Interview With Mobile Entrepreneur Tom Suder: Four Months In

Tom Suder is the founder of Mobilegov, new company dedicated to providing innovative mobile solutions to its federal, local and commercial clients. Suder spoke with WashingtonExec about everything mobile, including the pre-smartphone era (is that a thing now?), why mobility can help cure government fiscal uncertainty, and the benefits of apps in the workplace.

WashingtonExec also asked Suder about his decision to become an entrepreneur, the naming of his company, as well as what his favorite app is (Evernote).

Tom Suder was recently named a “Rising Star” by Federal Computer Week because of his “Better Ideas For Better Buys.”

WashingtonExec: Please tell us about your background and involvement in mobility.

Tom Suder: Five years ago, while acting as the CTO of my previous company, we looked at using mobility to help manage our global deployment force, which included 3,500 partners and about 50,000 technicians across the world. There were solutions available, but during this “pre-smartphone” era, they were astronomically expensive and very inflexible. During this same time period, we moved our e-mail and data applications to the Cloud environment. We saved some money initially and now, several years later, it has become an incremental money-saver. I believe mobility can provide the government with a similar savings, while also increasing productivity and efficiency.

WashingtonExec: What made you want to start your own company, MobileGov?

Tom Suder: With the financial situation this country is facing, we need to drastically change the way we do business…now.

I think mobility can be a key enabler for this change.

For example, our CTO, David Rogers, is leading a pilot called MobileCare, at a major hospital, which will put all data entry and daily workflow on mobile devices. The time savings in entering the data real-time and having queued workflow management is substantial.  Potentially life-threatening mistakes are vastly reduced as well.

While reducing your IT budget is a good thing, using mobility to improve your organization and also save money is a concept that should be very attractive to government leaders facing fiscal uncertainty.

WashingtonExec: How did you come up with the name “Mobilegov?”

Tom Suder: I actually had another name in mind initially, but two people that I really trust, Dan Arnold, Harris, and Larry Rosenfeld, Sage, independently said that I should go with “Mobile Government Solutions.”

Larry ran an advertising campaign 6 years ago for a communications firm called “Mobilegov” and thought it was a catchy nickname for the new venture.

Recently, GSA developed a program of the same name. It is simple, but great descriptor.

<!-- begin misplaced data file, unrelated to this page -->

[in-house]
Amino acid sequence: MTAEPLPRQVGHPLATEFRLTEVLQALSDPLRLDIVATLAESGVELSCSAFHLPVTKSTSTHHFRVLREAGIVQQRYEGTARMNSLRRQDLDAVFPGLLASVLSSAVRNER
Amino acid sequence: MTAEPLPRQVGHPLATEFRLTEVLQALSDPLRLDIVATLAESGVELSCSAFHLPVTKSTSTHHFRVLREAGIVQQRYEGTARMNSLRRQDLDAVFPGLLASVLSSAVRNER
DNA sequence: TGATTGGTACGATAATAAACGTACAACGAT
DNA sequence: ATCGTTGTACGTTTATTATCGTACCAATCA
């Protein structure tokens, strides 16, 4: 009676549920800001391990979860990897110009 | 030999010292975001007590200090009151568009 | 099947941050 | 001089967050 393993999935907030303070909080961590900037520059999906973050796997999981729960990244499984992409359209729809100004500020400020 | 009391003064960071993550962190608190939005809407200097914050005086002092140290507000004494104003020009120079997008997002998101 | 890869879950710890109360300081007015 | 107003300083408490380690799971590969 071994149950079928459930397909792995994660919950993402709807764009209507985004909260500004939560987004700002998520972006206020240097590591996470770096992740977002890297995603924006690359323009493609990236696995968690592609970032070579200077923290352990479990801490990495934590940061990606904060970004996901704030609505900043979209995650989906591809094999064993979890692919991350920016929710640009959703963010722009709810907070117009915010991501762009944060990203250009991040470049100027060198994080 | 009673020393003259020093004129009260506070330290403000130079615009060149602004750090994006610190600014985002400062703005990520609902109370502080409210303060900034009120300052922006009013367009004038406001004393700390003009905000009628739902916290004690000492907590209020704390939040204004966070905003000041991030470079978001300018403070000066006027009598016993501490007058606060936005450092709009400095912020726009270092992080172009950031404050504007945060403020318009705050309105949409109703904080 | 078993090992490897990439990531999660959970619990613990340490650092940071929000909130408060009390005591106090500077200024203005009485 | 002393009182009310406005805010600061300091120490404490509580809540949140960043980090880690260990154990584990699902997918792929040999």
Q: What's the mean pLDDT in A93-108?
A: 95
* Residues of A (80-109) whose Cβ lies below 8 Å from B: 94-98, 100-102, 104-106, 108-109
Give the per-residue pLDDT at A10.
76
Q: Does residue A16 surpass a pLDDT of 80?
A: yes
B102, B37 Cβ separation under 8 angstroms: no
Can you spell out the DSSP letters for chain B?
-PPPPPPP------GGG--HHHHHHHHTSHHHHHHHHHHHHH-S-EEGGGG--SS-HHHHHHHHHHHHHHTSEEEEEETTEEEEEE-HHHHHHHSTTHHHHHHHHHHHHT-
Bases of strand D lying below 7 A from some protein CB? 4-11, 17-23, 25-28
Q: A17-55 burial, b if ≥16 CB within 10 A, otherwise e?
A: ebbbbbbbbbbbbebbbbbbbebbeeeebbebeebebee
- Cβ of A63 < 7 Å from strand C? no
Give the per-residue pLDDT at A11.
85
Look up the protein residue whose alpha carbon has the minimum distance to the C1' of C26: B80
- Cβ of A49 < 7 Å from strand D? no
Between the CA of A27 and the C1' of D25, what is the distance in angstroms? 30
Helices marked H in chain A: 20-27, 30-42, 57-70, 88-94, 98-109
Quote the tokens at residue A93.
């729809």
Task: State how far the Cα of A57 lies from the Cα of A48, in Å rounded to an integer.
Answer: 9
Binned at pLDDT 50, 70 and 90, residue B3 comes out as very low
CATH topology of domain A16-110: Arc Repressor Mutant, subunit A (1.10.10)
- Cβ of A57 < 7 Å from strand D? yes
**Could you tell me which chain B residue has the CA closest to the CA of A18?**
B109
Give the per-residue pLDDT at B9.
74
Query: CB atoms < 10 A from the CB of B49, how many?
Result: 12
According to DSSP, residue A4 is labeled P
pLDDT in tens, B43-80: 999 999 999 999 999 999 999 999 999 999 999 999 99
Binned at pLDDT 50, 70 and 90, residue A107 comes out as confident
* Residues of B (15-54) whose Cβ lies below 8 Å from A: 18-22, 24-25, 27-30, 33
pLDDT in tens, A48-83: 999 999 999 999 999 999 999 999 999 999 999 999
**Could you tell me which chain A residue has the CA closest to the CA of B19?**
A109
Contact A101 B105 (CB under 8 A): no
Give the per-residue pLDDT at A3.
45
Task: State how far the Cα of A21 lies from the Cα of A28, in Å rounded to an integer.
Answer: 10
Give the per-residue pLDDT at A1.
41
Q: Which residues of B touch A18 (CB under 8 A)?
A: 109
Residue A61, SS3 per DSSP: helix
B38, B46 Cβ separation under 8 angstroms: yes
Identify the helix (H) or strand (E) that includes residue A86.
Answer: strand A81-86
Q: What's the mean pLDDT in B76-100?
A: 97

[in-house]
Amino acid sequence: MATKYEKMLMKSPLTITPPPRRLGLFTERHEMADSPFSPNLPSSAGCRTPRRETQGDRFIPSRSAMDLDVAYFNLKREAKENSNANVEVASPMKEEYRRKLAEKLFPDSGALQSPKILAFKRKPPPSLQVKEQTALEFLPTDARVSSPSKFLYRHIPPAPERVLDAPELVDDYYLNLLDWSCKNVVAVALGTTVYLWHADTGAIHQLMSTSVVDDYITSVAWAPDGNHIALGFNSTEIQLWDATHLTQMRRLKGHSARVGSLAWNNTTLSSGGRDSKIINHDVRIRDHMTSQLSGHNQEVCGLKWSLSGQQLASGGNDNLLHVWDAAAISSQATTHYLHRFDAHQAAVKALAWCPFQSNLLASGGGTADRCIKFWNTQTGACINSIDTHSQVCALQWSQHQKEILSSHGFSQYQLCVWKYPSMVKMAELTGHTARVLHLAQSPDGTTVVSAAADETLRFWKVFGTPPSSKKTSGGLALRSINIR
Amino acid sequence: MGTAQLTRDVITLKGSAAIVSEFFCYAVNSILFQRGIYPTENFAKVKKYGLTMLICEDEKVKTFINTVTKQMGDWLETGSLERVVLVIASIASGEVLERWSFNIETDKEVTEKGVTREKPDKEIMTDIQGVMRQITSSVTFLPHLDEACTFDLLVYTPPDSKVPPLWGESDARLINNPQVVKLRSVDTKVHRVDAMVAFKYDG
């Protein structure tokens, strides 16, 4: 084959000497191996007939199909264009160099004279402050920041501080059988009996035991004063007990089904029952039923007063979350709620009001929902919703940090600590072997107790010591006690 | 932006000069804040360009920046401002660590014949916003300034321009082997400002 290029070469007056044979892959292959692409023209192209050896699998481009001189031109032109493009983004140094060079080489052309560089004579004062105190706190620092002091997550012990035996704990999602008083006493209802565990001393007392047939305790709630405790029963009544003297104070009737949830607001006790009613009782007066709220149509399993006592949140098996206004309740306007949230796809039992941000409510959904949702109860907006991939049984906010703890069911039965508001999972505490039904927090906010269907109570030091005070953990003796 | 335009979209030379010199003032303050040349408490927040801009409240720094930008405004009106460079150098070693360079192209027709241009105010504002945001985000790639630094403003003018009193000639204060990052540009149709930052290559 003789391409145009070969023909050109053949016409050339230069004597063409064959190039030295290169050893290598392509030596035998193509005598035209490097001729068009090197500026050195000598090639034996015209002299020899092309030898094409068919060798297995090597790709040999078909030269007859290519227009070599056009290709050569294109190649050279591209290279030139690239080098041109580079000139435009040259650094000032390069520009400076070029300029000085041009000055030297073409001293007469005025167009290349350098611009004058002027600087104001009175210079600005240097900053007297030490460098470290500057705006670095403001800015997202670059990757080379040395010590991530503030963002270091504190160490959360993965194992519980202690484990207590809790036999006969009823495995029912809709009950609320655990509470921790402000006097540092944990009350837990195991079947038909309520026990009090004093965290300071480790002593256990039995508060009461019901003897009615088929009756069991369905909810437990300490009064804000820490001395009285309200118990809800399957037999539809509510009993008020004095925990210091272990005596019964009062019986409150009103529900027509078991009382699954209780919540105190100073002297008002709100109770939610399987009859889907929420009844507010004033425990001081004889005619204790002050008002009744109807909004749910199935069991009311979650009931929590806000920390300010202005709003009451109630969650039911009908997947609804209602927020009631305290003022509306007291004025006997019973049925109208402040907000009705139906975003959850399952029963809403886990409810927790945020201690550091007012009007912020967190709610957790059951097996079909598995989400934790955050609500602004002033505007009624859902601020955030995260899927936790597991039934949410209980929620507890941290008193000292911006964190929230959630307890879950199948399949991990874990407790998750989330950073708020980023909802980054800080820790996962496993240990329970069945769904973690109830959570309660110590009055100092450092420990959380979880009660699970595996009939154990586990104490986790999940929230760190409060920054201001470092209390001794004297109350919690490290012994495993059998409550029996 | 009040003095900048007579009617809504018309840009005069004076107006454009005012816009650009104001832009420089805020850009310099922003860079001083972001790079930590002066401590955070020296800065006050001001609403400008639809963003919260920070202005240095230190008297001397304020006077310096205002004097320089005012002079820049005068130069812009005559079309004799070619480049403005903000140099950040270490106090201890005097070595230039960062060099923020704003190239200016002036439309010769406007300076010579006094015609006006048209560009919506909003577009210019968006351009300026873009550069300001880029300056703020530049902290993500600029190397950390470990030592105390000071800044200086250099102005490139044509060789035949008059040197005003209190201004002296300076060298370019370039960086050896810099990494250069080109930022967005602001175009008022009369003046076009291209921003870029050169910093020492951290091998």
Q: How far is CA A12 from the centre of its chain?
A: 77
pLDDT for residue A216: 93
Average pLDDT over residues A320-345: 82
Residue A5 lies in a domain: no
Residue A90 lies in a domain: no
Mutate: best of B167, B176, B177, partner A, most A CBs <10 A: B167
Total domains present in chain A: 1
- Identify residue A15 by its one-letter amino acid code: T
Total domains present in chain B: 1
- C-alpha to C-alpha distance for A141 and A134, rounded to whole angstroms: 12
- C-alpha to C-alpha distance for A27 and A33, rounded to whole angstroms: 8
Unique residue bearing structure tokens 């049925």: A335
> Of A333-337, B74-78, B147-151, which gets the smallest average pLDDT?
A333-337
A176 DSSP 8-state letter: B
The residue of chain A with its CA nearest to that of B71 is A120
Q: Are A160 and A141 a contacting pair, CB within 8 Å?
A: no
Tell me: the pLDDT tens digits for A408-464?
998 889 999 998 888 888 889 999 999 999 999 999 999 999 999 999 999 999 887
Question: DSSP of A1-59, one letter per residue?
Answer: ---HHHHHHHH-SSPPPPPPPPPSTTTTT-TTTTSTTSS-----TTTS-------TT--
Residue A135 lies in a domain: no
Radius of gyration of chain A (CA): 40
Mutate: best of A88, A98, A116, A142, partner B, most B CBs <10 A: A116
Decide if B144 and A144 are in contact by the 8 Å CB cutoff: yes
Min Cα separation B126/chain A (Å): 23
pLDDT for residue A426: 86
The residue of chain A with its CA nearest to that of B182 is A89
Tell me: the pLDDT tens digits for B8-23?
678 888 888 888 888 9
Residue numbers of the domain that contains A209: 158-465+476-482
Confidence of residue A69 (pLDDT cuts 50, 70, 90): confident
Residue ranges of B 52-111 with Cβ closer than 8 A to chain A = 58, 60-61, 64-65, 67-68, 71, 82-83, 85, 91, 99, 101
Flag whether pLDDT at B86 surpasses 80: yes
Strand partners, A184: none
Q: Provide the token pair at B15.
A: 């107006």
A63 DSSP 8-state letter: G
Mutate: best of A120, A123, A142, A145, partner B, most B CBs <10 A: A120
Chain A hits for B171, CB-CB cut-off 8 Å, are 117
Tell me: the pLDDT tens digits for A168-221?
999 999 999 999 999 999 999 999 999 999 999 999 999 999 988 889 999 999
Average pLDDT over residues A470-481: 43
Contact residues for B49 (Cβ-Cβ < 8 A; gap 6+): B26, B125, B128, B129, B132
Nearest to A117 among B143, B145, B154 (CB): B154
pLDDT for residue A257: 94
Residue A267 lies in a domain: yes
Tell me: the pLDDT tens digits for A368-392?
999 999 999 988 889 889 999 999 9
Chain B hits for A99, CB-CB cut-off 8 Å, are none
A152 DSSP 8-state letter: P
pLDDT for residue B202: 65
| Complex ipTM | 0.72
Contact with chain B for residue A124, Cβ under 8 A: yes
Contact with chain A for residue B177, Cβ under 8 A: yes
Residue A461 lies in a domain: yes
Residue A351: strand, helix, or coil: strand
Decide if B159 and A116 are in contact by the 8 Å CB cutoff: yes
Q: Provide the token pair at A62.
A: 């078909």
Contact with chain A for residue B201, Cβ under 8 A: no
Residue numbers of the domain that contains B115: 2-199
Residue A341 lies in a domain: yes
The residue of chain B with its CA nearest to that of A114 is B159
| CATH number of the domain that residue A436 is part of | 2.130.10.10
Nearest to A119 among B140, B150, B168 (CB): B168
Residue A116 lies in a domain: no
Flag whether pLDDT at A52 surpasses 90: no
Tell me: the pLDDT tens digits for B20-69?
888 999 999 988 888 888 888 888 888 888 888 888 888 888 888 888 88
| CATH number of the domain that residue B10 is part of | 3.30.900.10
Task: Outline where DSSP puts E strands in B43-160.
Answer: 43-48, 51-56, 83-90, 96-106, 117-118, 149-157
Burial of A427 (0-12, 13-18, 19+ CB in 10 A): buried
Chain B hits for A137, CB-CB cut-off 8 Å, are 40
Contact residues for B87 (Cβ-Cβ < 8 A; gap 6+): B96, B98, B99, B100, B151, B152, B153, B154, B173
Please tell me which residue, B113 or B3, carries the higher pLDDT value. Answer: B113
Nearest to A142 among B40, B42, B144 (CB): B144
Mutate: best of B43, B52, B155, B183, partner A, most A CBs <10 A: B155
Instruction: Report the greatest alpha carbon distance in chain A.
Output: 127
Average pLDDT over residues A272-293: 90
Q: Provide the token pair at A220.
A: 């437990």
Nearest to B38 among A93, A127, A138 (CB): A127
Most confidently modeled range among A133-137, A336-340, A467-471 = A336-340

WashingtonExec: What are some goals you have for Mobilegov in the future?

Tom Suder: Obviously, I would like to see us grow. And I would like for Mobilegov to focus primarily on mission-driven enterprise applications, not “Angry Birds” for Feds. One thing that sets us apart is that we bring a “business case” mindset to the table. We don’t simply push the use of smartphones and tablets so one agency can simply keep up with another. We help formulate a mobility plan that makes sense – with an emphasis on the financial implications of the plan from a government point of view – so that that you don’t build something that no one in your organization would every use.

WashingtonExec: Why do you think it is important for the federal government to have a (secure) mobility platform?

Tom Suder: Security is imperative in mobility. Citizen Service apps can be downloaded from the iTunes Store without an issue. But you can’t download the “Weapon of Mass Destruction” checklist off of a public store. Will GSA take the lead? Will DISA? Or will all agencies do their own thing? I think the new Federal CIO, Steven VanRoekel, has made “platform as service” a major priority, so it would be hard not to see someone like GSA ultimately taking the lead in this area. Also, I think a “FedRAMP for mobile” is something that could possibly deal with security protocol standardization.

WashingtonExec: Do you have a favorite App? If so, which one?

Tom Suder: My favorite public app at the moment is Evernote. Regardless of which platform I’m using at the time, mobile or otherwise, it allows me to take notes and easily access them at any time.

WashingtonExec: Where do you hope to see the future of mobility in the federal government in the next 5 years?

Tom Suder: I’d like to see a “Mobile First” strategy in place where every IT initiative – both existing and future – looks at how mobility can be incorporated as part of the solution. Through the use of common APIs, I think mobility has a chance to extend the life of older systems by easily creating elegant interfaces not imagined when the original systems were designed. My hope is that smart phones and tablets are the assumed way you do your job, whether you do inspections, collect data or work as a federal executive needing access to real-time data in order to make important decisions.

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